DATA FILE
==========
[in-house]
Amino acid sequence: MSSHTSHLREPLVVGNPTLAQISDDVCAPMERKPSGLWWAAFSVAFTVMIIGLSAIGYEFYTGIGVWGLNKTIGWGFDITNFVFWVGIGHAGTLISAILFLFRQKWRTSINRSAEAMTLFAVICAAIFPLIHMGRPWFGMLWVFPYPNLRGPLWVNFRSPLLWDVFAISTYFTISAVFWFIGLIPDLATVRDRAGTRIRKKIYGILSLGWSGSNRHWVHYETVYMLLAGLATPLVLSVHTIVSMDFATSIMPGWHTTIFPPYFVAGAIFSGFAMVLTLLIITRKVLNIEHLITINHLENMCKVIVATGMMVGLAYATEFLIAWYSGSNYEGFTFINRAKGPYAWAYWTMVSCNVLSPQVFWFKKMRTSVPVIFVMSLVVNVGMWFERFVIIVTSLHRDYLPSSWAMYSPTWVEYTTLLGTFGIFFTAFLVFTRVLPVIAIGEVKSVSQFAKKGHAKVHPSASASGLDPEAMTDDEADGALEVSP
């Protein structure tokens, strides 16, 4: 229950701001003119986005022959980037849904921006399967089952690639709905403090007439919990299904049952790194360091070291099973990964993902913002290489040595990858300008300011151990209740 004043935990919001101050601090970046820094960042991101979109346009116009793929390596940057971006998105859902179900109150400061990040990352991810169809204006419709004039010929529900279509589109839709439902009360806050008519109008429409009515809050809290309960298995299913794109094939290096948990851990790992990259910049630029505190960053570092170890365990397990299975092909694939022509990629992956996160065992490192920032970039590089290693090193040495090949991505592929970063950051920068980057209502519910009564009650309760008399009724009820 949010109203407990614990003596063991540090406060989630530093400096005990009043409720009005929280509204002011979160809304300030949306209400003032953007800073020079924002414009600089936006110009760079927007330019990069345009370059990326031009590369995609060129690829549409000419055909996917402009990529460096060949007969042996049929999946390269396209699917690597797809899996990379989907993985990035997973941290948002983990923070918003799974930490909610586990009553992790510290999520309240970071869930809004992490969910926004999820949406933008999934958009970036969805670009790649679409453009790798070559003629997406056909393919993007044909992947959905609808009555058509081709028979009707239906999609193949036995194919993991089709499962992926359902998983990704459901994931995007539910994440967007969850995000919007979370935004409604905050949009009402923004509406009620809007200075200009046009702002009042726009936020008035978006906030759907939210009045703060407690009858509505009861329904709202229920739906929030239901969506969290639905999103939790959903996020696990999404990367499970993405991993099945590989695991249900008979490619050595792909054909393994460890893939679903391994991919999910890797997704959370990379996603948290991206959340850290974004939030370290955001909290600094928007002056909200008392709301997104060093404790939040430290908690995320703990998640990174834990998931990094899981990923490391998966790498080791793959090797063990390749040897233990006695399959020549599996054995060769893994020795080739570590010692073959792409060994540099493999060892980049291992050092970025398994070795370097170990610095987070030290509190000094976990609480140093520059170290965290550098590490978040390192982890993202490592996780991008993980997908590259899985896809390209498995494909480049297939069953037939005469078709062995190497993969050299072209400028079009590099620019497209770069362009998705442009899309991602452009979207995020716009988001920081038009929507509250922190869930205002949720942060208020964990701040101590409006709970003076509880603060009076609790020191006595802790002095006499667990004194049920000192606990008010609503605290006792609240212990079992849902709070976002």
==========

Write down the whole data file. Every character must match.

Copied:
[in-house]
Amino acid sequence: MSSHTSHLREPLVVGNPTLAQISDDVCAPMERKPSGLWWAAFSVAFTVMIIGLSAIGYEFYTGIGVWGLNKTIGWGFDITNFVFWVGIGHAGTLISAILFLFRQKWRTSINRSAEAMTLFAVICAAIFPLIHMGRPWFGMLWVFPYPNLRGPLWVNFRSPLLWDVFAISTYFTISAVFWFIGLIPDLATVRDRAGTRIRKKIYGILSLGWSGSNRHWVHYETVYMLLAGLATPLVLSVHTIVSMDFATSIMPGWHTTIFPPYFVAGAIFSGFAMVLTLLIITRKVLNIEHLITINHLENMCKVIVATGMMVGLAYATEFLIAWYSGSNYEGFTFINRAKGPYAWAYWTMVSCNVLSPQVFWFKKMRTSVPVIFVMSLVVNVGMWFERFVIIVTSLHRDYLPSSWAMYSPTWVEYTTLLGTFGIFFTAFLVFTRVLPVIAIGEVKSVSQFAKKGHAKVHPSASASGLDPEAMTDDEADGALEVSP
């Protein structure tokens, strides 16, 4: 229950701001003119986005022959980037849904921006399967089952690639709905403090007439919990299904049952790194360091070291099973990964993902913002290489040595990858300008300011151990209740 004043935990919001101050601090970046820094960042991101979109346009116009793929390596940057971006998105859902179900109150400061990040990352991810169809204006419709004039010929529900279509589109839709439902009360806050008519109008429409009515809050809290309960298995299913794109094939290096948990851990790992990259910049630029505190960053570092170890365990397990299975092909694939022509990629992956996160065992490192920032970039590089290693090193040495090949991505592929970063950051920068980057209502519910009564009650309760008399009724009820 949010109203407990614990003596063991540090406060989630530093400096005990009043409720009005929280509204002011979160809304300030949306209400003032953007800073020079924002414009600089936006110009760079927007330019990069345009370059990326031009590369995609060129690829549409000419055909996917402009990529460096060949007969042996049929999946390269396209699917690597797809899996990379989907993985990035997973941290948002983990923070918003799974930490909610586990009553992790510290999520309240970071869930809004992490969910926004999820949406933008999934958009970036969805670009790649679409453009790798070559003629997406056909393919993007044909992947959905609808009555058509081709028979009707239906999609193949036995194919993991089709499962992926359902998983990704459901994931995007539910994440967007969850995000919007979370935004409604905050949009009402923004509406009620809007200075200009046009702002009042726009936020008035978006906030759907939210009045703060407690009858509505009861329904709202229920739906929030239901969506969290639905999103939790959903996020696990999404990367499970993405991993099945590989695991249900008979490619050595792909054909393994460890893939679903391994991919999910890797997704959370990379996603948290991206959340850290974004939030370290955001909290600094928007002056909200008392709301997104060093404790939040430290908690995320703990998640990174834990998931990094899981990923490391998966790498080791793959090797063990390749040897233990006695399959020549599996054995060769893994020795080739570590010692073959792409060994540099493999060892980049291992050092970025398994070795370097170990610095987070030290509190000094976990609480140093520059170290965290550098590490978040390192982890993202490592996780991008993980997908590259899985896809390209498995494909480049297939069953037939005469078709062995190497993969050299072209400028079009590099620019497209770069362009998705442009899309991602452009979207995020716009988001920081038009929507509250922190869930205002949720942060208020964990701040101590409006709970003076509880603060009076609790020191006595802790002095006499667990004194049920000192606990008010609503605290006792609240212990079992849902709070976002």